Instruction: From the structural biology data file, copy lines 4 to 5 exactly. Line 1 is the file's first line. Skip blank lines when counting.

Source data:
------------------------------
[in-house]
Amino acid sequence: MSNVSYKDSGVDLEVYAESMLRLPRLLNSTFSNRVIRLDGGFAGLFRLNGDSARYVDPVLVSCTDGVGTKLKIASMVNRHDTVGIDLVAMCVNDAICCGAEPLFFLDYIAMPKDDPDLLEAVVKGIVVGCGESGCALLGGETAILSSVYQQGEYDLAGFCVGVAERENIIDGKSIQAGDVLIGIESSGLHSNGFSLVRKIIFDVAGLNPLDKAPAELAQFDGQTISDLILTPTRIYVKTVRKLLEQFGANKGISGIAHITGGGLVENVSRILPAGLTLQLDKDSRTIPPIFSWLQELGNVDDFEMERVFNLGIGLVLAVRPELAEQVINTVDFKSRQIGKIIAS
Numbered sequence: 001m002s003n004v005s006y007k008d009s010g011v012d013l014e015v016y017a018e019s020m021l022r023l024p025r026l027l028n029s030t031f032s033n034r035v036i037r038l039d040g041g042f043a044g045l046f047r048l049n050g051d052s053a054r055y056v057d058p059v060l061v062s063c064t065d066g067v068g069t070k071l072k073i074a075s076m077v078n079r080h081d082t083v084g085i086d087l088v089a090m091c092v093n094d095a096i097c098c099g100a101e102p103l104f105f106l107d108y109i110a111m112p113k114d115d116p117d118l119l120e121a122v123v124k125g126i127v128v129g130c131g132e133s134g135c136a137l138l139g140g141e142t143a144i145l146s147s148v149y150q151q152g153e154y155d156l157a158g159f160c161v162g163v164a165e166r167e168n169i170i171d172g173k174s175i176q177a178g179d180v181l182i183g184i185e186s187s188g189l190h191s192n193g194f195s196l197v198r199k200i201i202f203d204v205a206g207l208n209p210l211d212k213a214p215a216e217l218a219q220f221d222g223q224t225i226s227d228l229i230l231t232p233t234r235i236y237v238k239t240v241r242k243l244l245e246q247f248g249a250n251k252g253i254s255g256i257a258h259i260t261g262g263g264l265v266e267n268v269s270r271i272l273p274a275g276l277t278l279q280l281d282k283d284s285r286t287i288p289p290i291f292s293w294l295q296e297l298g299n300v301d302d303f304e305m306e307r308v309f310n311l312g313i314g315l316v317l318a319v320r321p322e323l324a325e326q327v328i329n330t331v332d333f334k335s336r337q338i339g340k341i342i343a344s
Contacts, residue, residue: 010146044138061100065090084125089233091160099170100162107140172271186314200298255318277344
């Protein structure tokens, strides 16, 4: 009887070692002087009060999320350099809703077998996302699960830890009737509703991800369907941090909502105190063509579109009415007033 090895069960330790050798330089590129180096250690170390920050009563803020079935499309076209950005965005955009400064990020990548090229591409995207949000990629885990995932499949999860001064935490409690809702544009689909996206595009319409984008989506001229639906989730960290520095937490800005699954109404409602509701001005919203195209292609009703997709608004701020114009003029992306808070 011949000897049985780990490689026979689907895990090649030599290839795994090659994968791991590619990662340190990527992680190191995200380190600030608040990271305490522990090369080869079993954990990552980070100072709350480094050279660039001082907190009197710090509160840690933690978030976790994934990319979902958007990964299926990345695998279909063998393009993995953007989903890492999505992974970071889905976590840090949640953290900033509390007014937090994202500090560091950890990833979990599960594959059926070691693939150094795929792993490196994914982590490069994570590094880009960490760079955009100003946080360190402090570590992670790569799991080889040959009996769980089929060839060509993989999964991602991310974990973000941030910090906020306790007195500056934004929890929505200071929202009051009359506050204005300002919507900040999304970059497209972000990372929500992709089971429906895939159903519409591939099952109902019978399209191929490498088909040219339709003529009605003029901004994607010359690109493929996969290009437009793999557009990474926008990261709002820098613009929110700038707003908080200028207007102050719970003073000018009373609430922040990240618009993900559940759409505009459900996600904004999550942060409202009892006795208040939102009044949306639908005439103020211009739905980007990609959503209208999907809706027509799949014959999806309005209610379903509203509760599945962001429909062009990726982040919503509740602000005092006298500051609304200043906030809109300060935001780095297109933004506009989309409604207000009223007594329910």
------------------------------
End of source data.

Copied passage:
Contacts, residue, residue: 010146044138061100065090084125089233091160099170100162107140172271186314200298255318277344
């Protein structure tokens, strides 16, 4: 009887070692002087009060999320350099809703077998996302699960830890009737509703991800369907941090909502105190063509579109009415007033 090895069960330790050798330089590129180096250690170390920050009563803020079935499309076209950005965005955009400064990020990548090229591409995207949000990629885990995932499949999860001064935490409690809702544009689909996206595009319409984008989506001229639906989730960290520095937490800005699954109404409602509701001005919203195209292609009703997709608004701020114009003029992306808070 011949000897049985780990490689026979689907895990090649030599290839795994090659994968791991590619990662340190990527992680190191995200380190600030608040990271305490522990090369080869079993954990990552980070100072709350480094050279660039001082907190009197710090509160840690933690978030976790994934990319979902958007990964299926990345695998279909063998393009993995953007989903890492999505992974970071889905976590840090949640953290900033509390007014937090994202500090560091950890990833979990599960594959059926070691693939150094795929792993490196994914982590490069994570590094880009960490760079955009100003946080360190402090570590992670790569799991080889040959009996769980089929060839060509993989999964991602991310974990973000941030910090906020306790007195500056934004929890929505200071929202009051009359506050204005300002919507900040999304970059497209972000990372929500992709089971429906895939159903519409591939099952109902019978399209191929490498088909040219339709003529009605003029901004994607010359690109493929996969290009437009793999557009990474926008990261709002820098613009929110700038707003908080200028207007102050719970003073000018009373609430922040990240618009993900559940759409505009459900996600904004999550942060409202009892006795208040939102009044949306639908005439103020211009739905980007990609959503209208999907809706027509799949014959999806309005209610379903509203509760599945962001429909062009990726982040919503509740602000005092006298500051609304200043906030809109300060935001780095297109933004506009989309409604207000009223007594329910």